Ceyhan to the Israeli port of Ashkelon. (For further details, see
Michel Chossudovsky, The War
on Lebanon and the Battle for Oil, Global Research, 26 July
No 6. Trans-Israel Eilat-Ashkelon pipeline
America's Silk Road Strategy: The
Trans-Eurasian Security System
The Silk Road Strategy (SRS)
constitutes an essential building block of US foreign policy in the
post-Cold War era.
The SRS was formulated as a bill presented to the US Congress in
1999. It called for the creation of an energy and transport corridor
network linking Western Europe to Central Asia and eventually to the
The Silk Road Strategy is defined as
a "trans-Eurasian security system". The SRS calls for the "militarization
of the Eurasian corridor" as an integral part of the "Great Game".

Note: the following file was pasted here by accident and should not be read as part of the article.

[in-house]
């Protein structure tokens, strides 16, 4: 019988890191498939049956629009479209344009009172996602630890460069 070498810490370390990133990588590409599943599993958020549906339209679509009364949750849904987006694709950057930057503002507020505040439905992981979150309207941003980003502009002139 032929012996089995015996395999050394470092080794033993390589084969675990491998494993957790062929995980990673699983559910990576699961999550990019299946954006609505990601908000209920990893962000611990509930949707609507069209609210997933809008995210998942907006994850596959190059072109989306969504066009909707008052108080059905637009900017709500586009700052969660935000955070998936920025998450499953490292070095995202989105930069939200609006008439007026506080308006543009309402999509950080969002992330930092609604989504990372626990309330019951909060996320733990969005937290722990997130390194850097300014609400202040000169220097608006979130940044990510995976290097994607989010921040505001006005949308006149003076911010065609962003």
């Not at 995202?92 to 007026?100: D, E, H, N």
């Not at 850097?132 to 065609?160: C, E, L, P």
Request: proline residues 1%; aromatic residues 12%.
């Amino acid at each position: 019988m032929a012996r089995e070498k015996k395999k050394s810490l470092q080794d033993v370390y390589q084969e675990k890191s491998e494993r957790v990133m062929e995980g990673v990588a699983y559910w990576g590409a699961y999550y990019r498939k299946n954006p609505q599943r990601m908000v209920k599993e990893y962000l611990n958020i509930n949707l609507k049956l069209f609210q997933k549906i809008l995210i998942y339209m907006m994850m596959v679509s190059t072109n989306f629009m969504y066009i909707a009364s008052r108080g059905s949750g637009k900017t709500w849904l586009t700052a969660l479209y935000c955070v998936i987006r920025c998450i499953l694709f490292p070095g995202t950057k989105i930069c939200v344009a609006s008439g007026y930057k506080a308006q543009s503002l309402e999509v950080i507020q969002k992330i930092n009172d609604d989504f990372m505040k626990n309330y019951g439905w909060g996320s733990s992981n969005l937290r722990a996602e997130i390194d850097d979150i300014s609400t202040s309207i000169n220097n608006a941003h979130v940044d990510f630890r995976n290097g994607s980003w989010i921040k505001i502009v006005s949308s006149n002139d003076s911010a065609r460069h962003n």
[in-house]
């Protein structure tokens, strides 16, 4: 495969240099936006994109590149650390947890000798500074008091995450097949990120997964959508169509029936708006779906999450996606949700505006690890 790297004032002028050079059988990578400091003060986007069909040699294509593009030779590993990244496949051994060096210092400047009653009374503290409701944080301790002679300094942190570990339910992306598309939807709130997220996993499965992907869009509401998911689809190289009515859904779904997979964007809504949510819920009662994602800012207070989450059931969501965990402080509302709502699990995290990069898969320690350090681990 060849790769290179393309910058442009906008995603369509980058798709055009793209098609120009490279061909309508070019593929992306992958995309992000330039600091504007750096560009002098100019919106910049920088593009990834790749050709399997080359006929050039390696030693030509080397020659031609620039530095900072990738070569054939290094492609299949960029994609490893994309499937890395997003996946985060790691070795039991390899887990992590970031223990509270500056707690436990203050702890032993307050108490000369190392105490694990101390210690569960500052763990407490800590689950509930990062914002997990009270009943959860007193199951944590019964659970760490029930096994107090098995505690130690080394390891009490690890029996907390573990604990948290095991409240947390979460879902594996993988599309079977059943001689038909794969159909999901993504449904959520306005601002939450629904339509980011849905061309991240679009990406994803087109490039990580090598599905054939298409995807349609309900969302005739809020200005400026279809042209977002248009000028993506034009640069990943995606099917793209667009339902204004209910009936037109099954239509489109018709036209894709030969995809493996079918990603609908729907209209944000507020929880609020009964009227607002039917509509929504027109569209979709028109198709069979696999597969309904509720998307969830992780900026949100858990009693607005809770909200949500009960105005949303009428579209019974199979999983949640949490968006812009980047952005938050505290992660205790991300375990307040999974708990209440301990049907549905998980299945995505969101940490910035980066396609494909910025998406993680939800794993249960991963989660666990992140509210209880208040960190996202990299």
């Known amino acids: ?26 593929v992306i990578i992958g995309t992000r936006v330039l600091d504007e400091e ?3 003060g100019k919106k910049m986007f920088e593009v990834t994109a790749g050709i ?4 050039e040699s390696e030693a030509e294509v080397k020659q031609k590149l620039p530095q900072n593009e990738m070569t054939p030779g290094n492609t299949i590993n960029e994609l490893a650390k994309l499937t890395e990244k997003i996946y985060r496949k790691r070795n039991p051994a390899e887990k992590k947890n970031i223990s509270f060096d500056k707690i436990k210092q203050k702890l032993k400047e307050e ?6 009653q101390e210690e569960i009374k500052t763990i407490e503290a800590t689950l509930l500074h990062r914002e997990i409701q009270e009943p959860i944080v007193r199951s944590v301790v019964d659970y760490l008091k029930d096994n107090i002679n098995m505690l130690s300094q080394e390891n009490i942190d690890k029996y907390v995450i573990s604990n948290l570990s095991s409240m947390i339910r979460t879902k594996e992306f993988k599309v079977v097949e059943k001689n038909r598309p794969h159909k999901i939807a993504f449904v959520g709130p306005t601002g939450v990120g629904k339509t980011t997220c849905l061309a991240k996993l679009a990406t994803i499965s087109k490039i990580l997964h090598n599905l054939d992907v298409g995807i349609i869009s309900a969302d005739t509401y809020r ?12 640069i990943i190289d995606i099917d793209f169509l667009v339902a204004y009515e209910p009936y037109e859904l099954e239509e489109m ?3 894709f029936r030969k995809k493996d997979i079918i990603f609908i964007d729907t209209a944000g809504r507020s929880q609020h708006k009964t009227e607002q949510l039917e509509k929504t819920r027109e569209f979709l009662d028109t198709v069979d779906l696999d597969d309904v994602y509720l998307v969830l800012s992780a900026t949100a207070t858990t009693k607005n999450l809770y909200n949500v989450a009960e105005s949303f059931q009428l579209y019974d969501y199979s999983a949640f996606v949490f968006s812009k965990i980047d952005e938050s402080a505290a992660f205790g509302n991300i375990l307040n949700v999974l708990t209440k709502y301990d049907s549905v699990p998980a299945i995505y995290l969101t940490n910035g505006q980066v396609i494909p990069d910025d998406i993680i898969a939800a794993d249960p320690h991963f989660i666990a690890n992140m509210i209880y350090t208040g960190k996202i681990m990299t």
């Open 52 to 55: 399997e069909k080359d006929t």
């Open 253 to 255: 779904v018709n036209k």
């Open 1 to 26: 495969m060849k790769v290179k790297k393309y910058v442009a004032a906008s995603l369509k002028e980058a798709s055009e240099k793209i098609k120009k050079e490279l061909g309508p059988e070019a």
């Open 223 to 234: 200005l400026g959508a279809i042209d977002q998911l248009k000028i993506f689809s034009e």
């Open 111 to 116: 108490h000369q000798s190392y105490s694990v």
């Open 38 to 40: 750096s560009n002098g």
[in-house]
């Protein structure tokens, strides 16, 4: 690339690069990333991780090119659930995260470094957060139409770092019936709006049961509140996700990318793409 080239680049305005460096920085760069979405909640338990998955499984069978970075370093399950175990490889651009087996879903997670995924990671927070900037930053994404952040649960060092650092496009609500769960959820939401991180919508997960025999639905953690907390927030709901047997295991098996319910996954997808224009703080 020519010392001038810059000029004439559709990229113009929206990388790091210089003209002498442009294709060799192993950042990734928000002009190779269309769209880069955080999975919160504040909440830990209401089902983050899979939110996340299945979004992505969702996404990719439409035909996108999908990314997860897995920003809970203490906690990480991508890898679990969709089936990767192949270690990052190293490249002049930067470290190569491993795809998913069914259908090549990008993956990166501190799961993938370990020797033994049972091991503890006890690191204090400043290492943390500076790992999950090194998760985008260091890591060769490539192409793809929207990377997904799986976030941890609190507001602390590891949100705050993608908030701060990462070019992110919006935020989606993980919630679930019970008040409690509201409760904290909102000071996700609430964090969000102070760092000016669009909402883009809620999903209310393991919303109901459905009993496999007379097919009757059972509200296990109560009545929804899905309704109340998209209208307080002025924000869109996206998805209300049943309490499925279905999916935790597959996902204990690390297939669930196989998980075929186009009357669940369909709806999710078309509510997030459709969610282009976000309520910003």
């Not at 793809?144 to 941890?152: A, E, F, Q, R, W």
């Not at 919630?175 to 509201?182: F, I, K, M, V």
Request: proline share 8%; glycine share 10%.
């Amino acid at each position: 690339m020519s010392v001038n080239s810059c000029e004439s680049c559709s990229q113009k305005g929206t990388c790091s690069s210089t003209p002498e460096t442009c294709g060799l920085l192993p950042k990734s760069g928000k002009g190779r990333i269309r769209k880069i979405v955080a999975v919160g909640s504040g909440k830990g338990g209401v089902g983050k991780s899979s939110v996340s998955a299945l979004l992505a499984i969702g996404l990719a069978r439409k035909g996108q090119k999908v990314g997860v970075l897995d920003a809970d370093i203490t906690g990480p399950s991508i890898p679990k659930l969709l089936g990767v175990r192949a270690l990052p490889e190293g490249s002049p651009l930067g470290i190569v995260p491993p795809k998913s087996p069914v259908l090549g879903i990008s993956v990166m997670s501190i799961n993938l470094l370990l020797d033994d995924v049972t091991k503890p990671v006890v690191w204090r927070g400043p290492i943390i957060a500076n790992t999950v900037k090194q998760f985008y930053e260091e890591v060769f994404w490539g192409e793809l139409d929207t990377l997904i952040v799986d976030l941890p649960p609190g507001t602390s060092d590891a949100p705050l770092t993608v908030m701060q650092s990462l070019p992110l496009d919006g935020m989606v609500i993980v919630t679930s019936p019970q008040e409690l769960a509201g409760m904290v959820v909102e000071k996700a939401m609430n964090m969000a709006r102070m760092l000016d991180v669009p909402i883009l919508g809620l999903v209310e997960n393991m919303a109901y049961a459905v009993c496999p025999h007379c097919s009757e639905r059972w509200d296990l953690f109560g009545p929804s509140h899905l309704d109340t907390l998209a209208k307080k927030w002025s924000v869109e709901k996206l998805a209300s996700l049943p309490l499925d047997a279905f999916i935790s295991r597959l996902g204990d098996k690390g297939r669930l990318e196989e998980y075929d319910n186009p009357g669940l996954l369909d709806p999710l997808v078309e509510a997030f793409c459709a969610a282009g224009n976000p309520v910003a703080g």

The stated objective, as formulated under the proposed March 1999
Silk Road Strategy Act, is to develop America's business empire
along an extensive geographical corridor.
While the 1999 SRS legislation (HR
3196) was adopted by the House of Representatives, it never became
law. Despite this legislative setback, the Silk Road Strategy became,
under the Bush Administration, the de facto basis of US-NATO
interventionism, largely with a view to integrating the former
Soviet republics of the South Caucasus and Central Asia into the US
sphere of influence.
The successful implementation of the
SRS required the concurrent "militarization" of the entire Eurasian
corridor from the Eastern Mediterranean to China's Western frontier
bordering onto Afghanistan, as a means to securing control over
extensive oil and gas reserves, as well as "protecting" pipeline
routes and trading corridors. The invasion of Afghanistan in October
2001 has served to support American strategic objectives in Central
Asia including the control of pipeline corridors. Afghanistan border
onto Chinese Western frontier. It is also a strategic landbridge
linking the extensive oil wealth of the Caspian Sea basin to the
The militarization process under the SRS is largely directed against
China, Russia and Iran. The SRS, called for:
"The development of strong